Applied with imagination and commitment, the provisions of the new act could enable new forms of person-centred care to emerge to support older LGBT people.
Social workers are in a key position to influence how the Care Act is interpreted and applied in practice and can act as change agents for a societal move towards older LGBT people having greater choice and control over their well-being.
This review presents examples of how the provisions of the legislation can be utilised to support positive change for older LGBT people.
BY February most of the parties, which are a gracious feature of modern libraries, are over. They arise from Staff Guilds, which now in most libraries associate the workers, and some of them are on a large scale. We have been represented at only a few of these but there seems to be a great fund of friendliness upon which the modern librarian can draw nowadays. An interesting one was that of the National Central Library Staff which, by a neighbourly arrangement, was held at Chaucer House. A reunion has been held of old and new members of the Croydon Staff Guild and no doubt there were many others. One New Year party was a small but notable dinner at Charing Cross Hotel where the 100th issue of The Library Review was toasted eloquently by the President of the Library Association and amongst the guests were Mr. C. O. G. Douie who was secretary of the Kenyon Committee of the 1927 Library Report and well‐known librarians and journalists. To us it was notable for the assertion by Mr. R. D. Macleod that amongst the young writers were too many who wrote glibly but without that research which good professional writing demanded; but he was sure that where intelligent industry was shown any article resulting would find a place in library journals.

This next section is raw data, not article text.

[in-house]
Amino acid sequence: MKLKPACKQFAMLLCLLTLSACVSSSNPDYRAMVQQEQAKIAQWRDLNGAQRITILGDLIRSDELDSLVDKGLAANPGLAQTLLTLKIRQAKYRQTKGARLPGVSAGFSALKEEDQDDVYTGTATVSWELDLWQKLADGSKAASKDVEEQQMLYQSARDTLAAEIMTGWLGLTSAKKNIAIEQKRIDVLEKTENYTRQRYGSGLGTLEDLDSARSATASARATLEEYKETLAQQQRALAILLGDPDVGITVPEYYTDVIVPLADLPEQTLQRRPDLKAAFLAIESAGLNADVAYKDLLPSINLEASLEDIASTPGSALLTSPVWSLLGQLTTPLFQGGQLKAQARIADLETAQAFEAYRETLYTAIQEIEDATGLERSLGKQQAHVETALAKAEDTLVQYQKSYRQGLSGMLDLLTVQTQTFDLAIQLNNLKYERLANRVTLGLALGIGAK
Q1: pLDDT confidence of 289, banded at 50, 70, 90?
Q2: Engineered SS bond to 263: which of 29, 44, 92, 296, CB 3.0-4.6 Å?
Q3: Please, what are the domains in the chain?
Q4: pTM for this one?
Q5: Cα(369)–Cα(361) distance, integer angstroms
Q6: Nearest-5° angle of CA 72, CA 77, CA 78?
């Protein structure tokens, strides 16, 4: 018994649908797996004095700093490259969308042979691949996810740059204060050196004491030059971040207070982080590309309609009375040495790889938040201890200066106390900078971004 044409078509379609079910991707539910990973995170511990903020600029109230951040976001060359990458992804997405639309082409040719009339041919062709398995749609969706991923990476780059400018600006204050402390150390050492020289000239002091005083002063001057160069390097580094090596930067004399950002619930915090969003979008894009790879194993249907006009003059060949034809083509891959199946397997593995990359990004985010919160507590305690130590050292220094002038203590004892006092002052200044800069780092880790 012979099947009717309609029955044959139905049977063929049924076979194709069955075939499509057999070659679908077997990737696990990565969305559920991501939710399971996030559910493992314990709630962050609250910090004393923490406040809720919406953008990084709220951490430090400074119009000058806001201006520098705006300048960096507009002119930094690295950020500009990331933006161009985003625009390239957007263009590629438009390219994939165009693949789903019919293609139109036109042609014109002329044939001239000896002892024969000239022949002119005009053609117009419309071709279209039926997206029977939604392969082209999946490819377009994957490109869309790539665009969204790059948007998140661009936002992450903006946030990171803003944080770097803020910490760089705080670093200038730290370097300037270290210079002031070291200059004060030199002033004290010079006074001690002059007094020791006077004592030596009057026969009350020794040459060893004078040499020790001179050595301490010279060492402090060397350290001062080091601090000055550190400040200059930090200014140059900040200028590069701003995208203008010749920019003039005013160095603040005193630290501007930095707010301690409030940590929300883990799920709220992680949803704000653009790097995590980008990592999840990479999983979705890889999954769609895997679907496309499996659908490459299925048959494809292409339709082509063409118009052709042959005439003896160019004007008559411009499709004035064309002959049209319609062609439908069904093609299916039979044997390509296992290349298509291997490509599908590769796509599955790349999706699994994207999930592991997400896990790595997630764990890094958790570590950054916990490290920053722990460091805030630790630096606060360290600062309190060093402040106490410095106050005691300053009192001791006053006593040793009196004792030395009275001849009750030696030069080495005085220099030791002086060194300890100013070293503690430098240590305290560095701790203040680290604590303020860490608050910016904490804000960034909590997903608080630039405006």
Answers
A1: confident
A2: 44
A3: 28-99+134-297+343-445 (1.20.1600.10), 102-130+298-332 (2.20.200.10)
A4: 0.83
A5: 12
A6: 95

Court decisions, based largely on principles of equal protection and non-discrimination, throw out laws with preferences for open source software, demonstrating that such…
Court decisions, based largely on principles of equal protection and non-discrimination, throw out laws with preferences for open source software, demonstrating that such laws are not only bad public policy, but may also be illegal, and that neutrality and choice in software procurement is the better approach.